Transfiguration: Between Continuity and Discontinuity

Transfiguration: Between Continuity and Discontinuity

Scriptures: Exodus 24: 12-18; Matthew 17:1-9

Our Gospel lectionary text for today, the last Sunday in the period of Epiphany marks the event of the transfiguration of Jesus. This is one very crucial turning point in the mission and ministry of Jesus but which is often ignored or not given the emphasis it deserves in the teaching and preaching of the church.

Here, Jesus took his disciples Peter, James and John, to a mountain identified in Christian tradition as Mt. Tabor. There, the three disciples saw their master being transfigured. That is, they saw him with his face glowing in white light as if becoming the focus of several spotlights, looking so majestic, so heavenly in appearance. And then there also appeared to them two major Old Testament heroes, Moses and Elijah standing beside Jesus and talking with him.

Jesus, at this moment, becomes identified with the most revered figures in Jewish faith. He is one who stands in direct company with the very special people chosen by God, first, there is Moses who brought rescue and comfort to his afflicted people Israel while they were still in bondage in Egypt. And second, there is Elijah who was called to denounce and afflict the comfortable and powerful ones of his time, king Ahab and Queen Jezebel. Jesus indeed provides a continuity in the ministry of the prophets of old, in the ministry of bringing comfort to the afflicted and at the same time, afflicting the comfortable and the powerful of his time.

In this mode of identity with the past, Jesus provides a clear continuity in his ministry. It is this kind of ministry that now becomes affirmed in this moment of transfiguration of Jesus. The one being transfigured, the one being glorified in all majesty and glory before the very eyes of his three disciples, is the one who would continue the ministry of rescuing, healing, liberating his people from all forms of brokenness and at the same time, in the mission of confronting the comfortable and the powerful with the afflicting judgment of the Lord.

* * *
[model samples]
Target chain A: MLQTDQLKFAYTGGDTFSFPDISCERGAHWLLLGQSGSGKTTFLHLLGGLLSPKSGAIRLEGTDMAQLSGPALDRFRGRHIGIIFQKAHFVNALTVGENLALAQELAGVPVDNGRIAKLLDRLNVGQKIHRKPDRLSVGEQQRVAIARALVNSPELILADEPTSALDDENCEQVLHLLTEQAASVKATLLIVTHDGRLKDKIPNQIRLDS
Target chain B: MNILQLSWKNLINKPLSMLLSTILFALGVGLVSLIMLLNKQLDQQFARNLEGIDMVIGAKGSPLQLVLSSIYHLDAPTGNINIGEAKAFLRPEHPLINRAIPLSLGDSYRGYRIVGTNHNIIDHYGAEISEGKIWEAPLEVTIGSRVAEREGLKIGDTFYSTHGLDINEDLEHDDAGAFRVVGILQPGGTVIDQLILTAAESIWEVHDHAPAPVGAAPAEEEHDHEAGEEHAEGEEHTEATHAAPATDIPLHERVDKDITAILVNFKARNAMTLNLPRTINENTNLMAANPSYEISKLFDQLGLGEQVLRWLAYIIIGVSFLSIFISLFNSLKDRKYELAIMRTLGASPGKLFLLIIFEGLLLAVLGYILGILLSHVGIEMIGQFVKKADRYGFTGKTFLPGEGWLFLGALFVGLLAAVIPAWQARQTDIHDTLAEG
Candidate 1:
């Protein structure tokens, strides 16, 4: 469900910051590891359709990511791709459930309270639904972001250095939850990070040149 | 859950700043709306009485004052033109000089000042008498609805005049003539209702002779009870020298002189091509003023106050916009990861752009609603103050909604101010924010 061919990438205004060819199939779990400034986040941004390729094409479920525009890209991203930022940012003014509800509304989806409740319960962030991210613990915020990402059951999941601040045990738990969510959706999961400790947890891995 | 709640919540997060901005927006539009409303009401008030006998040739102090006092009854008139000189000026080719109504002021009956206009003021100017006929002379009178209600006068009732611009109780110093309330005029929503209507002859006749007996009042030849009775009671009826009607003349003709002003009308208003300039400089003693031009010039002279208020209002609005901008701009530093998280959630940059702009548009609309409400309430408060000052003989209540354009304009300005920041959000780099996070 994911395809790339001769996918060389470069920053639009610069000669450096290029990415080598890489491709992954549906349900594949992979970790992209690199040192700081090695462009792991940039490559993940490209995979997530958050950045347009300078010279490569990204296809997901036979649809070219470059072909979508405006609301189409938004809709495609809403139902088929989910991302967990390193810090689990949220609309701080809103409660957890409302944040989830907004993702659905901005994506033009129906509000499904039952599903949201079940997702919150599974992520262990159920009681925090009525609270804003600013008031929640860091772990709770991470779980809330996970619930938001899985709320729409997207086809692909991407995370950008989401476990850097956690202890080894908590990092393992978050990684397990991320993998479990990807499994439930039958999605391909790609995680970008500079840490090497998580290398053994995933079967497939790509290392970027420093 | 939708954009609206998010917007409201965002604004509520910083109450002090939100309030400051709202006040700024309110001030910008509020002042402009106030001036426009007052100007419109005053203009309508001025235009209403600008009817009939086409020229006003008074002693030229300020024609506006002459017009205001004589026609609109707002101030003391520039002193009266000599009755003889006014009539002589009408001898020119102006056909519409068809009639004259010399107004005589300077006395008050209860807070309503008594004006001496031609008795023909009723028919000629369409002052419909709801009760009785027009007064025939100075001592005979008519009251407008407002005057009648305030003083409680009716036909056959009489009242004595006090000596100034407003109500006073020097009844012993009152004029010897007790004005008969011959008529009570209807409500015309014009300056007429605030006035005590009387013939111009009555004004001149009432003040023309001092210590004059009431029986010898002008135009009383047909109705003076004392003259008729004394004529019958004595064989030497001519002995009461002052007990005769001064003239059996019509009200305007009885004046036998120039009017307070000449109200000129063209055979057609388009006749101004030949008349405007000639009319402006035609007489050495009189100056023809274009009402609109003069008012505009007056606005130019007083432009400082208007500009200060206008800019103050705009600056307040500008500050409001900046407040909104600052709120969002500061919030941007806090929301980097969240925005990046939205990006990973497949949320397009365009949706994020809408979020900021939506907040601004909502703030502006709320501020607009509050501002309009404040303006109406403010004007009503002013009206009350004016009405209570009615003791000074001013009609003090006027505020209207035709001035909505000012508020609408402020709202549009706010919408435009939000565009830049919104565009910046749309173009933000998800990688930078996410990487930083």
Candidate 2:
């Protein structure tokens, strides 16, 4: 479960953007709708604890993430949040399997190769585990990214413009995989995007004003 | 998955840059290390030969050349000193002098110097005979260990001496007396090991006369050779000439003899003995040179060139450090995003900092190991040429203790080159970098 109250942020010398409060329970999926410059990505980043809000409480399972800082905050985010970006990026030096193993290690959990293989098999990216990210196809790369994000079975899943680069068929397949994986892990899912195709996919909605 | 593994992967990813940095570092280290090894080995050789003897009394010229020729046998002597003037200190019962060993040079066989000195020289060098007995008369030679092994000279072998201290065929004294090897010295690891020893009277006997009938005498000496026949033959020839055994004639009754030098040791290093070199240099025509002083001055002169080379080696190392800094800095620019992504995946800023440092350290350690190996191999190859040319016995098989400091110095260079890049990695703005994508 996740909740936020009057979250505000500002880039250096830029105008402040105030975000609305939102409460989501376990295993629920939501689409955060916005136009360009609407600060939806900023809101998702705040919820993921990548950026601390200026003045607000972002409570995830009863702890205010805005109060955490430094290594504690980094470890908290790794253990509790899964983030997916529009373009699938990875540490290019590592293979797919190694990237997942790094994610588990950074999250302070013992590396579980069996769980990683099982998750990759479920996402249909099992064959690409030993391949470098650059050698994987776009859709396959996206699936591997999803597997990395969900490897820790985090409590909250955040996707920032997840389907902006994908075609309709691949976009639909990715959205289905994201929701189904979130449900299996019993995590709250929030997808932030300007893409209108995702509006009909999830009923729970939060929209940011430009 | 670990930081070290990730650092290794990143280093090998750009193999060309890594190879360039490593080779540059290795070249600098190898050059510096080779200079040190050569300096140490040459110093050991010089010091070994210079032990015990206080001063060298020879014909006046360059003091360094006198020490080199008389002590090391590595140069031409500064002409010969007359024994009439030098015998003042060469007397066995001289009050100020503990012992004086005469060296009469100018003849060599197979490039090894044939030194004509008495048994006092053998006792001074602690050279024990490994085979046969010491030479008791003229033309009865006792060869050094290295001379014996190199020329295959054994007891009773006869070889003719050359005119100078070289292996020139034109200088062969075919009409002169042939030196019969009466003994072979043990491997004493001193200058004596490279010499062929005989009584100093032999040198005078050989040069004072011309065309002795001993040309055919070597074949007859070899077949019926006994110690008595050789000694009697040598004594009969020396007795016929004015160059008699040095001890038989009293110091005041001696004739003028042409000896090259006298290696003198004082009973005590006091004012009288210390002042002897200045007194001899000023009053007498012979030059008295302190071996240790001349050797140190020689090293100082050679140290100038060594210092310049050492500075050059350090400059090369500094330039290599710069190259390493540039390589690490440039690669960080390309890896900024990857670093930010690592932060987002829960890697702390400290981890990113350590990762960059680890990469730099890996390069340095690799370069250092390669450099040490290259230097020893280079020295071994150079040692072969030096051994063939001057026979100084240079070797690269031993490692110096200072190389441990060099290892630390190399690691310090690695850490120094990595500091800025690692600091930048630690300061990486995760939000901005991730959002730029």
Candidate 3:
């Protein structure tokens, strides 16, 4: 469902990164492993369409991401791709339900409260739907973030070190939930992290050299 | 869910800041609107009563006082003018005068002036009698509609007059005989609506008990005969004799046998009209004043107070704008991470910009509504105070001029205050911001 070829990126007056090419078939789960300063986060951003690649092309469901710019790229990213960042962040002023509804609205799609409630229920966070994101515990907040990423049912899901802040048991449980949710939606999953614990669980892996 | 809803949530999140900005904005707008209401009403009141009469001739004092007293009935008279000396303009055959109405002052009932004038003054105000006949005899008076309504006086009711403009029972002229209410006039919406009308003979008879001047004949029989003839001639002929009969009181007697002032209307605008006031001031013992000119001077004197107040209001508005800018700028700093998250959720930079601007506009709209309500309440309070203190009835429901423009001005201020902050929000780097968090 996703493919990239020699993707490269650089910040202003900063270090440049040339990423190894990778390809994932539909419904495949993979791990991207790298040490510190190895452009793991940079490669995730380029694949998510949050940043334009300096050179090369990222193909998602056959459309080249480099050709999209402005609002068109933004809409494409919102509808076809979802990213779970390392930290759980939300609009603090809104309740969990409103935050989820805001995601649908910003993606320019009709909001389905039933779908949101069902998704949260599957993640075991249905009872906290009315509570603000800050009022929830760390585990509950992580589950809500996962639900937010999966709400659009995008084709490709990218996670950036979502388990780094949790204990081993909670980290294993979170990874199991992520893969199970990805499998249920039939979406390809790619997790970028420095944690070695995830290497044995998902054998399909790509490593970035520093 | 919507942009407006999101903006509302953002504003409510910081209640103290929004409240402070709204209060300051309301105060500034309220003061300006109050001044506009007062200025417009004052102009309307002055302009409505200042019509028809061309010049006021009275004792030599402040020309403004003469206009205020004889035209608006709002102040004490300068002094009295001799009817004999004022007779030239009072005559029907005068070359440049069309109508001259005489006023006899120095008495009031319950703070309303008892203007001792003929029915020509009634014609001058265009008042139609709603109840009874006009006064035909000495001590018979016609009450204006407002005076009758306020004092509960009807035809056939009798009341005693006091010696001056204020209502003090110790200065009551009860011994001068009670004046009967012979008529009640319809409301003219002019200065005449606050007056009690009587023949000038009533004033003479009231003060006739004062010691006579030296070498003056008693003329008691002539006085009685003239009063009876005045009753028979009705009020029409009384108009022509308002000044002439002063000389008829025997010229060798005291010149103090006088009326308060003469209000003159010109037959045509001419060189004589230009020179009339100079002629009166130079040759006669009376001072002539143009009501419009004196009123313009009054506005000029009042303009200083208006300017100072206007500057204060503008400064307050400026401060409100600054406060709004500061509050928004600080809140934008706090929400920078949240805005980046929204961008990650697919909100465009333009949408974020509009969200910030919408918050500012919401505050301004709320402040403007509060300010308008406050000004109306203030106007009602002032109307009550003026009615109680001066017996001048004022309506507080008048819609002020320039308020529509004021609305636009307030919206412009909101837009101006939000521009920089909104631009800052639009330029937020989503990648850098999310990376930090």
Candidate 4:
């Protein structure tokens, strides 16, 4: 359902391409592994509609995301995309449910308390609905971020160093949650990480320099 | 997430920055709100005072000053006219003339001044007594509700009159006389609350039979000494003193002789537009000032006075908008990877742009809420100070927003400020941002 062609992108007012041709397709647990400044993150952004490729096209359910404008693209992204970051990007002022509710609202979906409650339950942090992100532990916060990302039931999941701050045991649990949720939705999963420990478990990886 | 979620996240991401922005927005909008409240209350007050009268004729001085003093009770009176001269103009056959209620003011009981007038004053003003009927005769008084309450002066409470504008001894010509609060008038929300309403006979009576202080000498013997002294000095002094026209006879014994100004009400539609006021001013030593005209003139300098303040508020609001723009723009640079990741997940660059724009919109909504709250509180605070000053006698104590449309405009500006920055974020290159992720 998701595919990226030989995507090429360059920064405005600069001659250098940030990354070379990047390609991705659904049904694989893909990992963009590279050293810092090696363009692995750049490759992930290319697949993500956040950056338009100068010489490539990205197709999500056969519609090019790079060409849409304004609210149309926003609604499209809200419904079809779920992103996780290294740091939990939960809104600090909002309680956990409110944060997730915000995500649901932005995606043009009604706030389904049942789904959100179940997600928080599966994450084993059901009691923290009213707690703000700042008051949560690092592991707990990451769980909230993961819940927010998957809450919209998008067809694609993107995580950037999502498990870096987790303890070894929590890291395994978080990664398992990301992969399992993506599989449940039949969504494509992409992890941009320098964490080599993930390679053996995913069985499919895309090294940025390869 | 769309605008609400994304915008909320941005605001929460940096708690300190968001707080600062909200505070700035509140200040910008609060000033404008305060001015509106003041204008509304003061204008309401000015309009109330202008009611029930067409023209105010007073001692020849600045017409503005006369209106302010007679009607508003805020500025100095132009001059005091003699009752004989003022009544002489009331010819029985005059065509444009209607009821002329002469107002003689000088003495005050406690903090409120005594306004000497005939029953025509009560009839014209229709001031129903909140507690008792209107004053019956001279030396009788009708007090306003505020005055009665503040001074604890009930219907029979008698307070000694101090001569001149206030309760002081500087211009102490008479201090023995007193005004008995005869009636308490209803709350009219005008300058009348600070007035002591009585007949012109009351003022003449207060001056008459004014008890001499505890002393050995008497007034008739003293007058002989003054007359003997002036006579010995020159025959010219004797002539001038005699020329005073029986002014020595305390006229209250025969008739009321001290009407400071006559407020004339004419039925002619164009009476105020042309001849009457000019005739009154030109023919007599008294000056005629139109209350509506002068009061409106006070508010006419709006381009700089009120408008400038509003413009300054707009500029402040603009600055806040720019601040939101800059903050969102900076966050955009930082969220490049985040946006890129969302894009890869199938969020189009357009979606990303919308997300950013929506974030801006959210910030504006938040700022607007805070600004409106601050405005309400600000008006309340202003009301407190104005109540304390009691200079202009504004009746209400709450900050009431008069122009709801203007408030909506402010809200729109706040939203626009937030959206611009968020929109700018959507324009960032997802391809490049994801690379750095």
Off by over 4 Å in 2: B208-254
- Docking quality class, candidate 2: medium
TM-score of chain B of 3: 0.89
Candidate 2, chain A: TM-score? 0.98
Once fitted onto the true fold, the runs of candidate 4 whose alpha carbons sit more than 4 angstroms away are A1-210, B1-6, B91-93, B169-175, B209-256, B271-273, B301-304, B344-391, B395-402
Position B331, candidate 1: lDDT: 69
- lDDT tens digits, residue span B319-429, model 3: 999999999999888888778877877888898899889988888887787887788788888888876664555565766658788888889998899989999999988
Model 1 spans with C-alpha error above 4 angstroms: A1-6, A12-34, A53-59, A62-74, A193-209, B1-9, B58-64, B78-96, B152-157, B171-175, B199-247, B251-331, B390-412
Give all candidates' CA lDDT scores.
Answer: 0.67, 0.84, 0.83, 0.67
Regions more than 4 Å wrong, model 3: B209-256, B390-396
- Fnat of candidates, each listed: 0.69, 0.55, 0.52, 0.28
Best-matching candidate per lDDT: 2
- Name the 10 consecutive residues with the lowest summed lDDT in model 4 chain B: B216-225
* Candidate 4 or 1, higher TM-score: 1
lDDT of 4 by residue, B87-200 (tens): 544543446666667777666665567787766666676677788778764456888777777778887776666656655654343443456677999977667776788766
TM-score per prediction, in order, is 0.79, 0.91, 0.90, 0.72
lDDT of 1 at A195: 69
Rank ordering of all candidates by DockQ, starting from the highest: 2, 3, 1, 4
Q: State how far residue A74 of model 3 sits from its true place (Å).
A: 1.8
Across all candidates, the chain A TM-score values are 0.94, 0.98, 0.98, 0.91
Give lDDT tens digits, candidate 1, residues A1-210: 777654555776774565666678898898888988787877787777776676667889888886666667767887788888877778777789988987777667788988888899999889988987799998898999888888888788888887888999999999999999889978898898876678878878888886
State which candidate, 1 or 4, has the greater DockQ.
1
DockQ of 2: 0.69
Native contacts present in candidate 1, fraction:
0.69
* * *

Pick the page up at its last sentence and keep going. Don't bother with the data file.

And yet there is also a major element here that makes Jesus so distinct, so set apart from any of the prophets of old, wherein he also provides a marked discontinuity with the traditions of the past. Here, we see Jesus being proclaimed as the beloved Son of God, as the voice from heaven proclaims, “This is my beloved son, listen to him.” The disciples somewhat felt terrified upon hearing and witnessing all these.

This is what sets apart Jesus from the rest. That is why when the disciples looked up, they saw this time, no one else but Jesus, alone in their midst. He is not just a prophet in the mold of Moses and Elijah. He is not just the one coming to provide the much awaited rescue, healing and liberation of his oppressed people. He is not just a courageous rabbi, teacher, teaching people the way of righteousness and denouncing the wrongs committed by the wicked of his time. He is all of these but more.

There is a continuity in their faith tradition, but there is also an even more powerful discontinuity with this heavenly announcement. He is one who has become affirmed by a powerful voice from heaven declaring him as the Son of God whom everyone must listen to. The Messiah prophesied by prophets of long ago, has come. And now they have to listen well to him.

Now listening here does not mean just to use our ears in listening to certain teachings of doctrines, dogmas, laws and proclamations. No, listening here means to obey, to surrender, to submit ourselves in absolute loyalty to his messianic cause. It means to become part of his cause, his movement, a movement towards the transformation of lives, and relationships, transformation of communities and of the whole world. It means to be part of a movement that will advocate towards an alternative way of life, governed by a new set of values, inspired by a new vision, the vision of the kingdom of God. This is the messianic mission of Jesus for which he is now being glorified in this moment of transfiguration.